The way the Torah readings are set up, we always read about Joseph on Chanukah. Since everything in Torah is exact, we must ask: What does Joseph have to do with Chanukah? What lesson can we take from Joseph and Chanukah to help us deal with difficult times?

In the story of Chanukah, there were miraculous military victories. Strong armies were given into the hands of the weak, many into the hands of few, etc. But when the Talmud tells us what Chanukah is all about, it tells us only about the miracle of finding the pure oil in the Temple and that it burned for eight days. When Chanukah was established as a holiday, only one mitzvah was ordained: to light the lamps of the menorah.

Why is there no mention of the great victories? And why isn’t there a mitzvah to have a meal, like on Purim?

It is a matter of focus. In the story of Chanukah, the Greeks did not want to hurt us; they didn’t want to fight with us. What they wanted is to put ourselves before G‑d. The only mitzvahs they took issue with were the ones that have no reason, other than G‑d’s command. In other words, be Jewish because you enjoy it, not because G‑d wants you to.

We went to war to put G‑d first, which in essence, is what being Jewish is all about. To focus on the war or on a meal would take away from the essential message of Chanukah. The most spiritual thing we have in this physical world is light, and lighting the menorah sets our focus on the spiritual and G‑d. It is all about G‑d.

This now brings us to Joseph, who was despised by his brothers, sold into slavery and thrown into jail on false charges. He was an orphan, alone, in a foreign land. Yet you don’t get the feeling that Joseph was depressed or down at all. He seems positive, able to rise above and succeed in every situation.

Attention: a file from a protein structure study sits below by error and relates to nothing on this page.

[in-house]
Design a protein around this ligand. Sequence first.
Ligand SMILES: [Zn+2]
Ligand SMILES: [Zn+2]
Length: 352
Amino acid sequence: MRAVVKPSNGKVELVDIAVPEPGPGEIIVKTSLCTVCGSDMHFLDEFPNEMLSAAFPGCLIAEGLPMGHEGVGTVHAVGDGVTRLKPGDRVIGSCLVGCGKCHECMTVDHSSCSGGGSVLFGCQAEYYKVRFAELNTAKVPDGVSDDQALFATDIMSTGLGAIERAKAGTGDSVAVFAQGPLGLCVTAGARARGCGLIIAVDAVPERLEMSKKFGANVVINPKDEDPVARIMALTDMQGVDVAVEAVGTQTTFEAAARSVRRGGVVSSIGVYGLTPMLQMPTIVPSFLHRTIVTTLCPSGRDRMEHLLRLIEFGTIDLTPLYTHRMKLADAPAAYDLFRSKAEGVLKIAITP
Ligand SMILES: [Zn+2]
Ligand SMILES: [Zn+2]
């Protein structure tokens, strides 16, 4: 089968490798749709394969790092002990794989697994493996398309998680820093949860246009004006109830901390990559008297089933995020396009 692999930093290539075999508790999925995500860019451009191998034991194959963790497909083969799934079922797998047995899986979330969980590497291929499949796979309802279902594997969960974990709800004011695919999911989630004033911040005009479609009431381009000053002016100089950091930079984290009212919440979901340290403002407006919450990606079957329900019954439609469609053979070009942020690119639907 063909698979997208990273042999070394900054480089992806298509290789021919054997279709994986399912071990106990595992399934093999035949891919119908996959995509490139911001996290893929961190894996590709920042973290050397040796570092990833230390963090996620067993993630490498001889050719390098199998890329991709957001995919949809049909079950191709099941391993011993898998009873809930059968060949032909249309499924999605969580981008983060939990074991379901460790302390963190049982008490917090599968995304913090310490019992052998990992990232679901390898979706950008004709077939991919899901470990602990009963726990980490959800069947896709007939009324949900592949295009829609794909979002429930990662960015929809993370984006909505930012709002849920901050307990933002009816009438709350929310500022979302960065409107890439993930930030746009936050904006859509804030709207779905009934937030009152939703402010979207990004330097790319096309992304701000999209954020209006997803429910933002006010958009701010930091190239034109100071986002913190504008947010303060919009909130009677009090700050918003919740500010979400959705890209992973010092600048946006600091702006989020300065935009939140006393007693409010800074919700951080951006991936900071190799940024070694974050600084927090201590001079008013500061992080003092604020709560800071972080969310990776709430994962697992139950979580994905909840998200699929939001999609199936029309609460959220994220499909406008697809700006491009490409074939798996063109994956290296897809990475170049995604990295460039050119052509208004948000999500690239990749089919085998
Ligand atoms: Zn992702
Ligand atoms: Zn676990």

How was he able to do that?

Joseph’s paradigm was the key to his positive outlook. Joseph saw himself as part of G‑d’s plan; he saw every situation as part of the plan. When you perceive the world from this perspective, every difficulty, hardship and challenge is positive. To Joseph, it was all about G‑d.

Our perspective is the key to our happiness. When we only see ourselves, we are stuck with the difficulties the pain, the hurt, the anguish, the suffering, etc. However, when it is about G‑d, every situation is seen as an opportunity. The crazier and stranger the situation, the more meaning can be found in it. Instead of being knocked down by the difficulty, you are uplifted.

We are happiest and strongest when we are the way Jews are meant to be—focused on G‑d.

This idea has kept me positive. Ever since I was diagnosed with ALS, I felt that I was chosen by G‑d for a special mission—to strengthen and lift the spirits of others. Though I pray every day to be healed, as long as I am in this predicament, I will use it to do what G‑d wants.

Through making our lives about G‑d, we will merit the end to all difficulties and darkness. Like Joseph who became the viceroy of Egypt, we, too, will be on the top. Like the miracles of Chanukah, we will have the ultimate miracle, the coming of Moshiach. May he come soon!